Air-fuel compression is crucial to engines powering lawn mowers and outdoor power equipment. The compressions system is made up of valves, piston, cylinders and rings that control how the air and fuel vapors move through the engine.
Valves let air in (the intake valve) and out (the exhaust valve), pistons move back and forth pushing the air-fuel mixture to the ignition system and the piston rings keep it all sealed up tight.
If there isn’t proper valve clearance or there’s a leak, this can cause compression problems that keep an engine from starting. You can perform a compression system with a leak down tester.
If you don’t have one of these, we recommend visiting your Briggs & Stratton repair dealer to perform the test and check that these components are in good shape. Use this simple Q&A format list to troubleshoot small engine problems you may experience with your lawn mower, snow blower or other power equipment.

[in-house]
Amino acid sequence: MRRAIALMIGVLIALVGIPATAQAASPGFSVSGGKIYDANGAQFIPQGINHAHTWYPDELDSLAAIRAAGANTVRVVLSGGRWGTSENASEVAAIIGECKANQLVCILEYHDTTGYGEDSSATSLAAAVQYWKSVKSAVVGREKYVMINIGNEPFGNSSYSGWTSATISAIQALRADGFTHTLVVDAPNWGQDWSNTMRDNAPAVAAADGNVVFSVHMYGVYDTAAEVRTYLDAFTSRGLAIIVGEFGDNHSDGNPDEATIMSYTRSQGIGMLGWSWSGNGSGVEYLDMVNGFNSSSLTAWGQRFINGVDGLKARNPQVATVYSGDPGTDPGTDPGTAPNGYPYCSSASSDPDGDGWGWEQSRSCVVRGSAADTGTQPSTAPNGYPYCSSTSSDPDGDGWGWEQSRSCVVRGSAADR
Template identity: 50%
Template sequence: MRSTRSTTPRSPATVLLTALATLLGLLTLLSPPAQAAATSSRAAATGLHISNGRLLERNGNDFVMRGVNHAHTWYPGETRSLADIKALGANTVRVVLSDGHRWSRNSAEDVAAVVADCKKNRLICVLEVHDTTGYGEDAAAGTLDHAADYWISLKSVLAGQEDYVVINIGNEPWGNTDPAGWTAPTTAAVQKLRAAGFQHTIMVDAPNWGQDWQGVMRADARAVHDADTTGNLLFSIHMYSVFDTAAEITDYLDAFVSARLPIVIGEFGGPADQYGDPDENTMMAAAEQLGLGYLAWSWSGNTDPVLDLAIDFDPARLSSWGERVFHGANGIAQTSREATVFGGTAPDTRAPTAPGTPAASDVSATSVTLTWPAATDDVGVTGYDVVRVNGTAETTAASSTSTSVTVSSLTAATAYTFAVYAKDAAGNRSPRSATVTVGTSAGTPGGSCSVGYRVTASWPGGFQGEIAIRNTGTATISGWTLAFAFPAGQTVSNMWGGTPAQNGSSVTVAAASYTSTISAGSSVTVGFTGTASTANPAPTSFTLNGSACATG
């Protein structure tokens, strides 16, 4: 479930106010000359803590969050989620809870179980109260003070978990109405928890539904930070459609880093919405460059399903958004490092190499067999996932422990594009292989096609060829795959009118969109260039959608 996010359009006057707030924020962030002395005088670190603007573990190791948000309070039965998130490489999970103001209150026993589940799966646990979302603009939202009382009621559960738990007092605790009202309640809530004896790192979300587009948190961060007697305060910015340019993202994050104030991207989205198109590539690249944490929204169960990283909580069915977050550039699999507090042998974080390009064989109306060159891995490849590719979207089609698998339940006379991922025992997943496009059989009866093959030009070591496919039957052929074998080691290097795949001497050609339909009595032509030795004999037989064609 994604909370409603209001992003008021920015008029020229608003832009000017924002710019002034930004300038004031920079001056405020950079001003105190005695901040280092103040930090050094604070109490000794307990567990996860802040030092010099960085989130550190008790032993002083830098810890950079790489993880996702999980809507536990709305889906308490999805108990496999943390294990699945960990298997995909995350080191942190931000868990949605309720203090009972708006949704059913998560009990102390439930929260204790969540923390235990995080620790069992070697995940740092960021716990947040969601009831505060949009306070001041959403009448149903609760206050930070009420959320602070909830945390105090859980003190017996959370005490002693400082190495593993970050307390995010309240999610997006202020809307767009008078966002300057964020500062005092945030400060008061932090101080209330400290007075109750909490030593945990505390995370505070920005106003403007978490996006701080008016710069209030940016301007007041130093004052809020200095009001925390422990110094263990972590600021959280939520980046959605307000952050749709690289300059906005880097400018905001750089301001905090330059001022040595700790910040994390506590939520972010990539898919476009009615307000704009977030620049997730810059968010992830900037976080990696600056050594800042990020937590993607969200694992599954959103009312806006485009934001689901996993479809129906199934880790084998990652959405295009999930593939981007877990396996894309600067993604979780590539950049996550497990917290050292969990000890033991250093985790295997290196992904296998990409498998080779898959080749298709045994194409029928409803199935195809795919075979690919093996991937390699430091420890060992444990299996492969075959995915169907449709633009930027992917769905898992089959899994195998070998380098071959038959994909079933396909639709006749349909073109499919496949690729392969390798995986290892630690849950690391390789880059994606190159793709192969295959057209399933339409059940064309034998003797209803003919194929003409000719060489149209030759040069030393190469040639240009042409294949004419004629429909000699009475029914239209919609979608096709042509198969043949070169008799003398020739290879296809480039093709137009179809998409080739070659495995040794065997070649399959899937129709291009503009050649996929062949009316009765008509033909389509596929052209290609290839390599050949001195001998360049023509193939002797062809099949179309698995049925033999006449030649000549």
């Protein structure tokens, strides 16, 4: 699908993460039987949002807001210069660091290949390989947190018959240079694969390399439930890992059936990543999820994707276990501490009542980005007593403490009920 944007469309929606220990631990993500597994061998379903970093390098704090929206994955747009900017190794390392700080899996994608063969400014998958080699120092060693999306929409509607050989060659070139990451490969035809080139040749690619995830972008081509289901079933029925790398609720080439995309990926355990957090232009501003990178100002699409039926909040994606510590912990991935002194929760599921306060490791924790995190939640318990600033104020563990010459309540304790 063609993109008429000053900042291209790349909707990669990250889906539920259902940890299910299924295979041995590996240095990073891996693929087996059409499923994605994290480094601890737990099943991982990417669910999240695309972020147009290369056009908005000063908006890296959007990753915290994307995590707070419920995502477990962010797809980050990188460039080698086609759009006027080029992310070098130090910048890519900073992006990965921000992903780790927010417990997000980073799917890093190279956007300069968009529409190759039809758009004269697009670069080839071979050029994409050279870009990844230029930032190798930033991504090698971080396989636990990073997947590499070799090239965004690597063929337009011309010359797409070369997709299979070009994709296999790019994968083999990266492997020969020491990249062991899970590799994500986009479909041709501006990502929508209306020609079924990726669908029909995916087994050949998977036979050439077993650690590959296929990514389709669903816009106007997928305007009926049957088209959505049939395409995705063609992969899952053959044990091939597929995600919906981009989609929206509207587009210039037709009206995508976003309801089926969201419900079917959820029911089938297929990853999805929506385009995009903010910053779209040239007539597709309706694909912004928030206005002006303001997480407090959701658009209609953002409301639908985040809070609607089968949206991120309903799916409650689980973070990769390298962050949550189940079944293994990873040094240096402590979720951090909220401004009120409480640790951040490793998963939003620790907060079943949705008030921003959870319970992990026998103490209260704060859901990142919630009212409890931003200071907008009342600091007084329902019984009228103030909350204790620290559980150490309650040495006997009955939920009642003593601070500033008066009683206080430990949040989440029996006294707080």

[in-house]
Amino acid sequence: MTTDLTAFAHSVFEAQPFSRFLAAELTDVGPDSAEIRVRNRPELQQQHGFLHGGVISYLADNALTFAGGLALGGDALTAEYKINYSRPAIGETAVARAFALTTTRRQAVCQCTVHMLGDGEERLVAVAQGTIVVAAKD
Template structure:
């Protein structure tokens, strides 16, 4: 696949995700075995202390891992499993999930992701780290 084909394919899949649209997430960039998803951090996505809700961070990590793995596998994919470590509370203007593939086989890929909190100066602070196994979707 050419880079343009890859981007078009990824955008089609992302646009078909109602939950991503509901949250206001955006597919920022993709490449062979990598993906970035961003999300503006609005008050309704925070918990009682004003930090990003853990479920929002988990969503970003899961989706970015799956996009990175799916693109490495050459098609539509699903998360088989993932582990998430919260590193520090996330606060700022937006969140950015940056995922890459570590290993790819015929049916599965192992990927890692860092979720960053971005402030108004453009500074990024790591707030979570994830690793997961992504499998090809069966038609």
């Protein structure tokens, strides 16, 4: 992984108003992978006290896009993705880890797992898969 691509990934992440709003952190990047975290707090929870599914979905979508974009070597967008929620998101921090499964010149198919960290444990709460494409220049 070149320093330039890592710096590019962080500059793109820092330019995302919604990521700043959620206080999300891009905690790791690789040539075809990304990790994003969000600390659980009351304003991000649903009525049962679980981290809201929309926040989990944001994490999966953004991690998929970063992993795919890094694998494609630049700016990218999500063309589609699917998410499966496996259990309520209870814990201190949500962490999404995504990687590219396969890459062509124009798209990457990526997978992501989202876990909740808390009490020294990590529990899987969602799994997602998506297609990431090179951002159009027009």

Stale, untreated gas begins to break down after about a month. Drain the gas from your lawn mower our outdoor power equipment, then replace with fresh gas and fuel stabilizer to extend the life of your fuel.
You can determine if your air-fuel mixture is off by checking the state of your carburetor. Small gas engines serve us in many ways. They power lawn mowers, tillers, cultivators, trimmers, edgers, snowblowers, chain saws, pumps, generators, air compressors, and other useful home tools.
They also power our fun: outboard boats, snowmobiles, motorcycles, all-terrain vehicles, ultralight aircraft, and other toys. To keep them operating efficiently, an owner of these tools and toys should know about small engines: how they work and what to do when they don’t.